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About Oregon daily emerald. (Eugene, Or.) 1920-2012 | View Entire Issue (April 29, 1947)
MARGUERITE WITTWER-WRIGHT Ed.tor
GEORGE PEGG Business Manager
MEMBER —ASSOCIATED COLLEGIATE PRESS
ASSOCIATED PRESS WIRE SERVICE_
Signed editorial features and columns in the Emerald reflect the opinions of the writers.
They do not necessarily represent the opinion of the editorial staff, the student body^ or the
Entered as second class matter at the postofifice, Eugene, Oregon.
NOTICE TO VETERAN STUDENTS
I understand that the Veterans Administration
is making a special effort to encourage the rein
statement of thousands of National Service Life
Insurance policies which World War II veterans
allowed to lapse at the conclusion of military serv
If you are one of those who allowed his policy
to lapse, a call to the Veterans Administration con
tact office in Eugene at 41 West 8th Street or Room
110, Men’s Physical Education Building on the
campus, will provide you with complete information
on how it can be reinstated.
For yoUr own protection and the future econom
ic security of your family, I urge you to check into
this matter. You have only until August 1 to rein
state your policy without a physical examination.
H. K. NEWBURN, President,
University of Oregon.
When it is considered that about one half of the business of
the educational activities board is concerned with the major
campus publications, the Emerald and the Oregana. it seems
somewhat unreasonable that no member of the journalism fac
ulty is included on the board.
Estimated annual income from the Emerald and the Ore
gana totals $40,600, about half of the total educational activities
income. Expenditures for the Emerald and Oregana total over
half of the annual estimated expenditures of the board. Emerald
and Oregana editors and staffs are usually journalism majors,
and most of the problems which they bring up to the board are
of a journalistic nature.
Only once annually, when the new editors are selected, does
the board invite a member of the journalism faculty to “sit in,”
in an ex-officio non-voting capacity.
Years ago the educational activities board usually included
either the dean of the journalism school or a member of his
faculty who represented him. This year the voting faculty
members on the board are from the history department, the law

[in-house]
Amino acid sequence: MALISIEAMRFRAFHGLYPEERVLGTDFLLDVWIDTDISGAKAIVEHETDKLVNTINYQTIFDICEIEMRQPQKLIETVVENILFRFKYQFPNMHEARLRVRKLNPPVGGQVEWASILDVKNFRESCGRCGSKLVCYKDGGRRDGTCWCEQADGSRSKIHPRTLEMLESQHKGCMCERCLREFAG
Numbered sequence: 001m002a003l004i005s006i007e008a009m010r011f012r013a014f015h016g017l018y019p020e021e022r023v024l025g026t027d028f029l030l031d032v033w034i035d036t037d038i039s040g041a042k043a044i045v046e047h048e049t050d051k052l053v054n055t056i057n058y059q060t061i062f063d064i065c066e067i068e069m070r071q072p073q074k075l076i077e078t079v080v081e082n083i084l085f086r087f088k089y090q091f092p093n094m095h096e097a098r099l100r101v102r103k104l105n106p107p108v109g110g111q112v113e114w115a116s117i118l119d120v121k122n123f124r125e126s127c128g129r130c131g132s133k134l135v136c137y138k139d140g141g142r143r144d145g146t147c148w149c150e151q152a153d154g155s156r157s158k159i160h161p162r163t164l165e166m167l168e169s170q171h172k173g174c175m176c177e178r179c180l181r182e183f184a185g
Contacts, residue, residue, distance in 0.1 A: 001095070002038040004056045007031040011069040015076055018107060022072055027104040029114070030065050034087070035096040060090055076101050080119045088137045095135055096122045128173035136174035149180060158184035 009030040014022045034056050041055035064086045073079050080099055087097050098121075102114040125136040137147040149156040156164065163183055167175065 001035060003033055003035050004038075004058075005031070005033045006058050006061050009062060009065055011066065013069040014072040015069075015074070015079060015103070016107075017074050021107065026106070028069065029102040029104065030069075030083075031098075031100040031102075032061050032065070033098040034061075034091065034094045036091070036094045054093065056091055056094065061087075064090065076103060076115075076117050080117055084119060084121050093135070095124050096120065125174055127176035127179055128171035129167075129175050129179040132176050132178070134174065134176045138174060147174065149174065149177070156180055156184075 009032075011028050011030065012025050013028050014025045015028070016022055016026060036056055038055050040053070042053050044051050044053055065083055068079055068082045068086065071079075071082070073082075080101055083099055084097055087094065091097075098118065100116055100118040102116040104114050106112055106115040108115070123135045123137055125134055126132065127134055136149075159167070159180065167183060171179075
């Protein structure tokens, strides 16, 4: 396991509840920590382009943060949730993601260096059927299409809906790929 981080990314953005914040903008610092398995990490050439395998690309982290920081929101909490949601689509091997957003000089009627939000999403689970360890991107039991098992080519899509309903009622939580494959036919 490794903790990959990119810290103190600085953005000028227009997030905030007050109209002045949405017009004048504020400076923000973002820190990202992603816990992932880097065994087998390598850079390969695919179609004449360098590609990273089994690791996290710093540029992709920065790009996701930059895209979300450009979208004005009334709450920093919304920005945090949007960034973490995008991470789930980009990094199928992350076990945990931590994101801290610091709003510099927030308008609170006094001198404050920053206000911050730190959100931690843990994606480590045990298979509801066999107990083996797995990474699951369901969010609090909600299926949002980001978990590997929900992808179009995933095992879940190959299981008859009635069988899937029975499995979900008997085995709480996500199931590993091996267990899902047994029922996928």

school, and the music school. Although the ability of these men
to decide on any matter which comes before the board is not
questioned, it does seem unreasonable to expect them to be as
qualified to deal with the Emerald and Oregana as would be a
man who is constantly in contact with their staffs and their
This always brings up the question of the actual usefulness
of boards as such. Unlike the record of the defunct athletic
board, the record of the educational activities board is excellent.
Nevertheless, it is a fact that the board members do little more
than to approve or disapprove the business on the agenda pre
pared by the manager—a function which could be satisfactorily
performed by "expert" advisers called in by the manager to
discuss any matter on which they are particularly well in
1 he ideal situation probably would he something like this:
All educational activities would be handled by a director who
■would be responsible to the president of the University alone,
but whose responsibility it would be to obtain "expert” advice
from qualified men in departments related to the problem at
hand. This method of handling educational activities would
undoubtedly expedite matters bv doing away with scheduled
board meetings. Furthermore, it would not obligate board mein
members to become haphazardly informed about everything
from orchestra uniforms to new Emerald news editors.
There is always the possibility that students would feel
slighted because they had no hoard to sit on. Actually, the
student members of the board this year have made no tremen
dously momentous decisions. Whatever information they have
contributed to board meetings could have been just as easilv
gathered from students by an educational activities director.
We recommend therefore:
That the president consider the appointment of a member
of the journalism faculty to next year’s board as a voting mem
ber in order to insure "expert" advice on matters pertaining to
the Emerald and the Oregana;
That the eventual substitution of an educational activities
manager for the board be seriously considered for the reasons
* » ! 1 1 ' i >
Absent of flesh,
The product of a commercial art
ist for a steel cable ad,
Scooped up a quantity of earth,
In the year of Copernicus,
And thrust it back at the ground
from a high-flying B-29.
The hole in the side of the world
No one knew what to do.
Mr. Hutchins spoke. Mr. Oppen
heimer spoke. Mr. Ferni spoke. Mr.
Einstein spoke. Mr. Conan't spoke.
Mr. Compton spoke. Mr. Truman
spoke. Mr. Stimson spoke. Mr. Ber
nard Baruch spoke.
And Mr. Viacheslav Molotov
The problem had been solved by
many minds before:
Rousseau: Thinking man is a de
Spengler: Man is a beast of prey.
Marx: The economic factor is the
strongest, most elemental, and most
And Robert Burns: A man is a
man for a’ that.
These thinkers had only poured
oil on the water.
But a modicum of research data
had been made available
For possible future reference
If there was any future to refer
Pavlov had rung bells and flashed
Freud based theories on case
Conscientious Objectors were
subjects to experiments concerning
the effects of nutrition and fatigue